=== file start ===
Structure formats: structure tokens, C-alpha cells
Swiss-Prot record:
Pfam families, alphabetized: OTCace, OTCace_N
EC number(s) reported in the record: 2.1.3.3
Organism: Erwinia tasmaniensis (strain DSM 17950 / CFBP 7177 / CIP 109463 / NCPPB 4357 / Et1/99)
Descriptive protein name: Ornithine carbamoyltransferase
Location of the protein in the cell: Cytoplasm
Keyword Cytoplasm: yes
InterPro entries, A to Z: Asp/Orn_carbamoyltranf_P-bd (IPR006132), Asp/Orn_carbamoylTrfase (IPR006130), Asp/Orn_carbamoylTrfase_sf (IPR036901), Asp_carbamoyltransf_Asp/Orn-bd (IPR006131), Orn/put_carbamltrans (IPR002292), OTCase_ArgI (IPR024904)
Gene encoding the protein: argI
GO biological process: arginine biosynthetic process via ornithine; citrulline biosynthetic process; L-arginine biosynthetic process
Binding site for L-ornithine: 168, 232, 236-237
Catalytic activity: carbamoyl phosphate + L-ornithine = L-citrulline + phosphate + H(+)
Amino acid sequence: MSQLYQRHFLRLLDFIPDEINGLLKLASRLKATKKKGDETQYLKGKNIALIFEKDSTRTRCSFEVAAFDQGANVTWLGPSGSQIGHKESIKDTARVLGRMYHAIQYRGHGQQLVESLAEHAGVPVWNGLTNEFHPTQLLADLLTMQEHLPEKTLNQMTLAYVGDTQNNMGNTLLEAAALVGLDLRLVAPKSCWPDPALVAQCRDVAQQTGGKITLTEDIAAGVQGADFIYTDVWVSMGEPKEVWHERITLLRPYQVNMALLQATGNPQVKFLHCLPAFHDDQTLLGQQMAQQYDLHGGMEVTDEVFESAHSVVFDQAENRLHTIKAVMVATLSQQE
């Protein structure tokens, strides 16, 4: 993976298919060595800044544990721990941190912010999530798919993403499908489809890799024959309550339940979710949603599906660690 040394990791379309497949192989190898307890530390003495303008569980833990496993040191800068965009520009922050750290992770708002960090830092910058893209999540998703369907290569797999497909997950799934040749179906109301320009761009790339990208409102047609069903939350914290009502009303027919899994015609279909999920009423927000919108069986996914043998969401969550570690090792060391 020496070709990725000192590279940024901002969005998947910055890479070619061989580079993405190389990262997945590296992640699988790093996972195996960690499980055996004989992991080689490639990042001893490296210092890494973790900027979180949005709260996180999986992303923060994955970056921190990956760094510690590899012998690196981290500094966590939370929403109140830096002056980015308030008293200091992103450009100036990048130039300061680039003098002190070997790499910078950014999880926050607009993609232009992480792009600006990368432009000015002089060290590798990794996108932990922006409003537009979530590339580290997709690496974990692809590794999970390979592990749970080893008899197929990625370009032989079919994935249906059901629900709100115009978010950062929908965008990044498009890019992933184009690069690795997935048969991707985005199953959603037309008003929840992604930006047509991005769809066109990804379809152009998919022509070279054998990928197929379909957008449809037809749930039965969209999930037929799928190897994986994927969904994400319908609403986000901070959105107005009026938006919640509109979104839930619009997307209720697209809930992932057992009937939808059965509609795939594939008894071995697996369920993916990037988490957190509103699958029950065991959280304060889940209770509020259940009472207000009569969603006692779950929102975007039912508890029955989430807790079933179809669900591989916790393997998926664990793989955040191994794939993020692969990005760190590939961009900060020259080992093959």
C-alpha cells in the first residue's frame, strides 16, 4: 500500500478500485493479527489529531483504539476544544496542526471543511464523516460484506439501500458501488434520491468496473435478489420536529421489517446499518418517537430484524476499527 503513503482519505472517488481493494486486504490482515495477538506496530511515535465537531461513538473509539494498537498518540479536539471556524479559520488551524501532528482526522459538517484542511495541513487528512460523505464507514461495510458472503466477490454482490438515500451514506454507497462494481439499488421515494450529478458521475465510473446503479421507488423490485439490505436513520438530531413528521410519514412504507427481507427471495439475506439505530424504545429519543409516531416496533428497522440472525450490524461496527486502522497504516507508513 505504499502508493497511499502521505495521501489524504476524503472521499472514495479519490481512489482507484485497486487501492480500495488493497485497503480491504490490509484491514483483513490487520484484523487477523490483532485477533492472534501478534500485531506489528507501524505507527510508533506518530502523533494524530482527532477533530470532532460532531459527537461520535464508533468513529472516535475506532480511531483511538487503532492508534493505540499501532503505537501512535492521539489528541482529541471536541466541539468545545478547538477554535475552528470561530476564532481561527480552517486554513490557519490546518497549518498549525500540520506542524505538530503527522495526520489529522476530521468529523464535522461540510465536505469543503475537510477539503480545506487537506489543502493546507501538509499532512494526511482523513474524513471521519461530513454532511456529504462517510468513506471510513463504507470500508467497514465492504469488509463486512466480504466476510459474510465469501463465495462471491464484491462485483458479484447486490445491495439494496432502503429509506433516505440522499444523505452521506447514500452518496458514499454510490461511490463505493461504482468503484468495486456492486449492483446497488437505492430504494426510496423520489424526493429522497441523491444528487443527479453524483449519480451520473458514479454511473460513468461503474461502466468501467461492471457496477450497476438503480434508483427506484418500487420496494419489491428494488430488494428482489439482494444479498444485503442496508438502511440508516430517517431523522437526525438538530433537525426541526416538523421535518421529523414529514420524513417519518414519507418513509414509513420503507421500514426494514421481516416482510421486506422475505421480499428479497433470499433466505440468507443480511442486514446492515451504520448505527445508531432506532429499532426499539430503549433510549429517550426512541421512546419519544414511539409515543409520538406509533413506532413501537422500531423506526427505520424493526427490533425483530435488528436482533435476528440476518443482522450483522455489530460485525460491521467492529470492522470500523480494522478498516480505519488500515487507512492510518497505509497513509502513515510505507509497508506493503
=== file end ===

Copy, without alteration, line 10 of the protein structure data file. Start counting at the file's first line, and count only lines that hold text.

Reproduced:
Gene encoding the protein: argI